1. Gentle Exercise– One of my favorite cool downs for athletes after a workout is to have them hop on a rower or an assault bike while they’re still completely gassed, start moving right away, and get slower every sixty seconds or so. Maybe a male athlete would start by holding a 2:00 pace, and would only hop off after four or five minutes when their heart rate is back down. That could mean pulling a 3:45 pace, and that’s fine. This style of cool down also offers a great opportunity to practice proper rowing technique during their recovery, without the pressures of “beating the clock” during a workout.
  2. Stretching– When the workout of the day includes explosive movements, I’ll rarely spend a lot of time before the workout on long, slow, isometric movements. If our muscles are long and relaxed, it can be harder to produce fast-twitch responses, so typically I’ll want to have athletes move faster in their warm-ups. After the workout, however, muscles are typically going to be plenty warm. Focusing on longer holds during cool down can not only improve flexibility, but it can also help flush out toxins faster that may have built up through rigorous exercise!
  3. Re-Fuel– This can be as simple as drinking water to replenish fluids lost during the workout, or taking some sort of post-workout nutrition. I will usually encourage people to eat “real food” whenever possible, whether that’s sweet potato and chicken breast, or maybe a delicious glass of chocolate milk (if you’re into that sort of thing.) For most people, however, something like a protein shake will do just fine to help your body repair damaged muscles, recover faster, and help you come back stronger than before! I haven’t used protein powder in years, but I’m going to be trying a new product soon. The brand FNX offers a Cricket Protein blend called Restore, so I’ll let you know what I think.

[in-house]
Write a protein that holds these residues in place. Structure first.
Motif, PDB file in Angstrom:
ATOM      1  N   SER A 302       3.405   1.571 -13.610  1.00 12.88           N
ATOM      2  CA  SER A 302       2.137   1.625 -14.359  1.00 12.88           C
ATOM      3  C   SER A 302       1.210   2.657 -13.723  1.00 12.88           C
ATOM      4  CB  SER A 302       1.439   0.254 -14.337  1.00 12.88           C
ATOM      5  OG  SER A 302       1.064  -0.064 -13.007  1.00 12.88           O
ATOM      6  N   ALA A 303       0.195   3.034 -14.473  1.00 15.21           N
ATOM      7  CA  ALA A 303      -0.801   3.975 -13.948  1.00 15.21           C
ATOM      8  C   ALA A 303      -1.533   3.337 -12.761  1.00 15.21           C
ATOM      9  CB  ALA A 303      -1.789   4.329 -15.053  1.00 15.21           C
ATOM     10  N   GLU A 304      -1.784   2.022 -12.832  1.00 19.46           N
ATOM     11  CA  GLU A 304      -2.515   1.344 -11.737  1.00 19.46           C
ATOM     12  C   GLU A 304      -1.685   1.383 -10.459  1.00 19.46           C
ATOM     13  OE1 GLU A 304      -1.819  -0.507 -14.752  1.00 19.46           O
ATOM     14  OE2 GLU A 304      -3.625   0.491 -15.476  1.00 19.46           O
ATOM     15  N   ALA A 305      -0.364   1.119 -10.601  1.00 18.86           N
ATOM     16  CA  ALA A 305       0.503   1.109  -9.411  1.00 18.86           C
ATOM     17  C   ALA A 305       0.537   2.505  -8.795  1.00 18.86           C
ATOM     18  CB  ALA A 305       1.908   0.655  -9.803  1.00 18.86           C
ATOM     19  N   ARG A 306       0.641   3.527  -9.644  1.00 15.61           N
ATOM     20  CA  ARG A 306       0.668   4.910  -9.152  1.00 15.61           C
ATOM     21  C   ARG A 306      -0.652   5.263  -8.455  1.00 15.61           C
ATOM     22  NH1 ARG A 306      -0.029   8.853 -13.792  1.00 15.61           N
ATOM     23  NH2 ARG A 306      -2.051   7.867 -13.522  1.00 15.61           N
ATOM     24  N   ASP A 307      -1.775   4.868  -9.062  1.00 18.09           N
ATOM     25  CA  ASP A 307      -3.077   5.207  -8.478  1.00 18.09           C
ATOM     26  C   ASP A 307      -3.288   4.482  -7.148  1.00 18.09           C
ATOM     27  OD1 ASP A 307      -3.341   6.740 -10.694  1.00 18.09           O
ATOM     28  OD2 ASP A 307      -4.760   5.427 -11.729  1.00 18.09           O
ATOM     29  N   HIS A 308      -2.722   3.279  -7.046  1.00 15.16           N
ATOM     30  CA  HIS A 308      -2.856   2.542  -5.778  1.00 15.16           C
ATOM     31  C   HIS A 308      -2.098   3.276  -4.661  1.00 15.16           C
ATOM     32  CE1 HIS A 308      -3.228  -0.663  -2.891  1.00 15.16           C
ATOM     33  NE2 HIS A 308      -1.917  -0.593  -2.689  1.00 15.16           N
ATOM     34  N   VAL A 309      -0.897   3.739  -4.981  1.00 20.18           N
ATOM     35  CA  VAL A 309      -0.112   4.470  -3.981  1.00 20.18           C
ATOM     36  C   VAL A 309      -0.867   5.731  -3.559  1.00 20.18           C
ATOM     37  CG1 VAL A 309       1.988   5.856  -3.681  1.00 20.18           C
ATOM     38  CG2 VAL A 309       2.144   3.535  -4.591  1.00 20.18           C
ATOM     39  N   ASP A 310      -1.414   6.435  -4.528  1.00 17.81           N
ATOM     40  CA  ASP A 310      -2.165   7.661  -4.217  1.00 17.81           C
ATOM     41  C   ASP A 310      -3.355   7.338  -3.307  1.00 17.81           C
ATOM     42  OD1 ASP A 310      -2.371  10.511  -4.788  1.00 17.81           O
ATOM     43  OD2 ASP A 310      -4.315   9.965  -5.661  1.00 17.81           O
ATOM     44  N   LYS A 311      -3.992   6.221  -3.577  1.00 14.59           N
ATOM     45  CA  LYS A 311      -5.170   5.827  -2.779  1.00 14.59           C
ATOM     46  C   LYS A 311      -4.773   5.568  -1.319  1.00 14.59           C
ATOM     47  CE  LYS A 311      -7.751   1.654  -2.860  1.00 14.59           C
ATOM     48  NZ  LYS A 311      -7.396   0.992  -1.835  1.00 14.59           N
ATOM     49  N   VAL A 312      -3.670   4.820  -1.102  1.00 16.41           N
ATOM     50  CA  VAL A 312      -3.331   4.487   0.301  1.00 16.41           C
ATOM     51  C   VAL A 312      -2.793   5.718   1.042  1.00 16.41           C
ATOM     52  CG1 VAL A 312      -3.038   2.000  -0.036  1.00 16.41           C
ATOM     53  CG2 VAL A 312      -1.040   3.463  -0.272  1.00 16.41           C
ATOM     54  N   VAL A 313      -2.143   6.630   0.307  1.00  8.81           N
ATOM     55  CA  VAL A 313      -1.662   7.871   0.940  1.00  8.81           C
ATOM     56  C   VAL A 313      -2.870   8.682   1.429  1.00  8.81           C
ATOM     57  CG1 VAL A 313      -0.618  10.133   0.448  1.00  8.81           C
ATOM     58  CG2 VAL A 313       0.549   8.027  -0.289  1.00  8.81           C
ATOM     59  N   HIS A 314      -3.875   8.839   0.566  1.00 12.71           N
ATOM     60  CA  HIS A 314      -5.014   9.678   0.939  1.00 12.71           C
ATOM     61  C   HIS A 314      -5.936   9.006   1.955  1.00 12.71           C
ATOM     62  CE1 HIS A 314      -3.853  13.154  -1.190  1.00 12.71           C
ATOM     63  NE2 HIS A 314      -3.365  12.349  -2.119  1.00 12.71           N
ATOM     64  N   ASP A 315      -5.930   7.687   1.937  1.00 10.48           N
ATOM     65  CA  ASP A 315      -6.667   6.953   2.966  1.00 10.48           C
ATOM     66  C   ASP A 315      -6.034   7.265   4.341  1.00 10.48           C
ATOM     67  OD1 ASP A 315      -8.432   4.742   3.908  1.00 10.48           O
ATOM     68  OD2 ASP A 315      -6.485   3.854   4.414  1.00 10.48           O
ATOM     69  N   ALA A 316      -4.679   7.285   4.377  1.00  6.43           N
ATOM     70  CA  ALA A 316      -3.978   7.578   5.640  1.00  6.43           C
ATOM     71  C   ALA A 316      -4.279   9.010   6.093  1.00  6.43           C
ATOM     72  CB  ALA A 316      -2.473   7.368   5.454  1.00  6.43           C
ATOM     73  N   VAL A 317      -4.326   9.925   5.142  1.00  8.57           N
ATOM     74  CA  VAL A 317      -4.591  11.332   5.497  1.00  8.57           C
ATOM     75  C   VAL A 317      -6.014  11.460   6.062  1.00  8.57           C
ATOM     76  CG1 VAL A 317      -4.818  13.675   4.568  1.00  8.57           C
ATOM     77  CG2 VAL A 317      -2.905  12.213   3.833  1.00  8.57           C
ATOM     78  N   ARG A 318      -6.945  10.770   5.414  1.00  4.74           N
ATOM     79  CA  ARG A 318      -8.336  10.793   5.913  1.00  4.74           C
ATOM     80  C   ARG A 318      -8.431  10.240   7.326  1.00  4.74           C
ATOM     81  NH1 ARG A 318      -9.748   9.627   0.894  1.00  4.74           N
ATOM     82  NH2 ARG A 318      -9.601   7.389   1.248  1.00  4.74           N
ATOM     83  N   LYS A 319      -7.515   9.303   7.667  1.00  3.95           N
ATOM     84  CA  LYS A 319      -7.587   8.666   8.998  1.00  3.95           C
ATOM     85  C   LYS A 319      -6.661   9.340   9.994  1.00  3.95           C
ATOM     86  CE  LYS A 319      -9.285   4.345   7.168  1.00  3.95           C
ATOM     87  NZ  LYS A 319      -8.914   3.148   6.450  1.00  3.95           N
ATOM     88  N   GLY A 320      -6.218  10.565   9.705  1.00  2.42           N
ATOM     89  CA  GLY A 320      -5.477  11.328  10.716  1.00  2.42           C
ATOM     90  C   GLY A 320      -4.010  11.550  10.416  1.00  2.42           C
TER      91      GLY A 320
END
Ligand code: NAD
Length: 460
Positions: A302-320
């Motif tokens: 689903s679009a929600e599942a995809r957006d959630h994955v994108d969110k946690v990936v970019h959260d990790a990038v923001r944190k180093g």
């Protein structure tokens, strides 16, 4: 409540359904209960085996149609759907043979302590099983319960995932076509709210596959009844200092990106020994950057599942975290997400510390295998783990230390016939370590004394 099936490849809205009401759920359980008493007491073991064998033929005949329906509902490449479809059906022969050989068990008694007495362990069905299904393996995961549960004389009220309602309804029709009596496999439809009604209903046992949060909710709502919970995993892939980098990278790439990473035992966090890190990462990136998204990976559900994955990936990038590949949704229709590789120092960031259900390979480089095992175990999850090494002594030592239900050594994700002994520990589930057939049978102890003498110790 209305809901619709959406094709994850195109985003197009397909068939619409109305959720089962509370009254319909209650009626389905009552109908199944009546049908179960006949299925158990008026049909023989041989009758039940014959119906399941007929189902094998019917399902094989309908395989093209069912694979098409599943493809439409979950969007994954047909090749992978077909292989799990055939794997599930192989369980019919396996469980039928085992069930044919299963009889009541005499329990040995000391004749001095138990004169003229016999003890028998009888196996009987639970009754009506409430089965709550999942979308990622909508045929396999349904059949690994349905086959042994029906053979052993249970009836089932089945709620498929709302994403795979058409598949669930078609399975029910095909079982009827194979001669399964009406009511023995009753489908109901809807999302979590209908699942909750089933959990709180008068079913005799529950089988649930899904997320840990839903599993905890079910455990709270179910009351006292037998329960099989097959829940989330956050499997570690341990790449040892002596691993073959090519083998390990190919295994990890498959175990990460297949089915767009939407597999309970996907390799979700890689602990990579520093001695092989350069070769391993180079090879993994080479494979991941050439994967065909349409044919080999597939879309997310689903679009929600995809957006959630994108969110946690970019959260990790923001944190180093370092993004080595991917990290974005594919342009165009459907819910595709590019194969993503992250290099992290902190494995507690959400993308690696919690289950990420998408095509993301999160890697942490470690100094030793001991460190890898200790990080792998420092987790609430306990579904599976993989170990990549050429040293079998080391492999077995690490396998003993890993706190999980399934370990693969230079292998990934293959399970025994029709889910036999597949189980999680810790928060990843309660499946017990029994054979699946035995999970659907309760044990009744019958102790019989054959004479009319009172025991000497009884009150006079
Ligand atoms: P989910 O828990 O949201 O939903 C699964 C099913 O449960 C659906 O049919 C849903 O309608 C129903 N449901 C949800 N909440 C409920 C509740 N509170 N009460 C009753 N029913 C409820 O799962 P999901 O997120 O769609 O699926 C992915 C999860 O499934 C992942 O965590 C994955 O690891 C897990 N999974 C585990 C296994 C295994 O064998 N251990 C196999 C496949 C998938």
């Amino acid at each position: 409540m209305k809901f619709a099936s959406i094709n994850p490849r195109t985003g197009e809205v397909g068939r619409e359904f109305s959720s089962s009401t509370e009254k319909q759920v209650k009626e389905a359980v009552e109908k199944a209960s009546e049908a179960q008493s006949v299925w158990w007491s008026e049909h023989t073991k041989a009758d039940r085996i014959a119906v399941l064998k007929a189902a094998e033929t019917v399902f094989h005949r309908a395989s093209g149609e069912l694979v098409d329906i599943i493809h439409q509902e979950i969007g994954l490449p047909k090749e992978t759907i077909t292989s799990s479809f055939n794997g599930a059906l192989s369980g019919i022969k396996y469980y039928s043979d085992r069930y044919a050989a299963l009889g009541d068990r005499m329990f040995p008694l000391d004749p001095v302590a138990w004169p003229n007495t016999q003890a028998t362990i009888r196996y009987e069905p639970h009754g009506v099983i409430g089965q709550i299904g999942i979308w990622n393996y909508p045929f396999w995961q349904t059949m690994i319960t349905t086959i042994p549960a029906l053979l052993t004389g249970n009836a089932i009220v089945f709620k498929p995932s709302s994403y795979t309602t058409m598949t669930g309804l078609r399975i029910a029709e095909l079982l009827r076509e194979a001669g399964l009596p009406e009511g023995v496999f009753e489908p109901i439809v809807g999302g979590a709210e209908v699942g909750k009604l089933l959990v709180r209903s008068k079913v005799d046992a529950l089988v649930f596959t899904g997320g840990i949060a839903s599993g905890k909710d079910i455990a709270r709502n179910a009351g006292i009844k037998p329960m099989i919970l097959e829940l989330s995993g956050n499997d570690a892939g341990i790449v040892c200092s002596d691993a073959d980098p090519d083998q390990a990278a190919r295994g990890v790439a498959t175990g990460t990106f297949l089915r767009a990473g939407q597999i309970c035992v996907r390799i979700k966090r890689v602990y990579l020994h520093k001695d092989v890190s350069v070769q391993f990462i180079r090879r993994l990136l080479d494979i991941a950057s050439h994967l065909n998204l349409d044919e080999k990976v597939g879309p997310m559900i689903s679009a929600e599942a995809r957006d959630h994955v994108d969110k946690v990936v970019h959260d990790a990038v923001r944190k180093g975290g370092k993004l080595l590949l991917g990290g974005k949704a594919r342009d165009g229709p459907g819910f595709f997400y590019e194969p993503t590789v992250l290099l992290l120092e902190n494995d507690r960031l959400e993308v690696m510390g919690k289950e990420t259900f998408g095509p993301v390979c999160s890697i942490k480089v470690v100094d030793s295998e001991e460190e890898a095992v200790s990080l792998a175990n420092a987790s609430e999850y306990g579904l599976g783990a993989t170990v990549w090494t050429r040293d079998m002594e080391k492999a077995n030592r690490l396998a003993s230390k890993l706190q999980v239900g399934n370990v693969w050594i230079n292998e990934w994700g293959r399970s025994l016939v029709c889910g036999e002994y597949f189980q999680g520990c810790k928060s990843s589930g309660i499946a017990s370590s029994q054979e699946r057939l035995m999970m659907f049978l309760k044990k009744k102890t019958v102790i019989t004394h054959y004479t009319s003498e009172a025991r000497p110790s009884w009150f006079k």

Resources:

One of the first CrossFit celebrities who gained international notoriety for being awesome is Kelly Starrett. He started “Mobility WOD“, and through it released hundreds of hours of incredible videos helping people address range of motion limitations and improve their performance inside, and outside, of the gym. I STRONGLY encourage everyone to search YouTube for his videos located there, as well!

The “New Kid on the Block” for CrossFit stretching and mobility is the group at ROMWOD. Another great resource, athletes who stick to the plan with them, find significant improvement in their body awareness, and consistently increase their end ranges of motion.

If there is anything else I can do to help suggest resources, please let me know. When in doubt, though, YouTube can be an amazing place to learn how to take better care of your body and recover after training sessions.

My goal is to help my friends stay healthier, for longer, and I hope this post helps to do just that. Thanks for the great article, BoxLifeMagazine!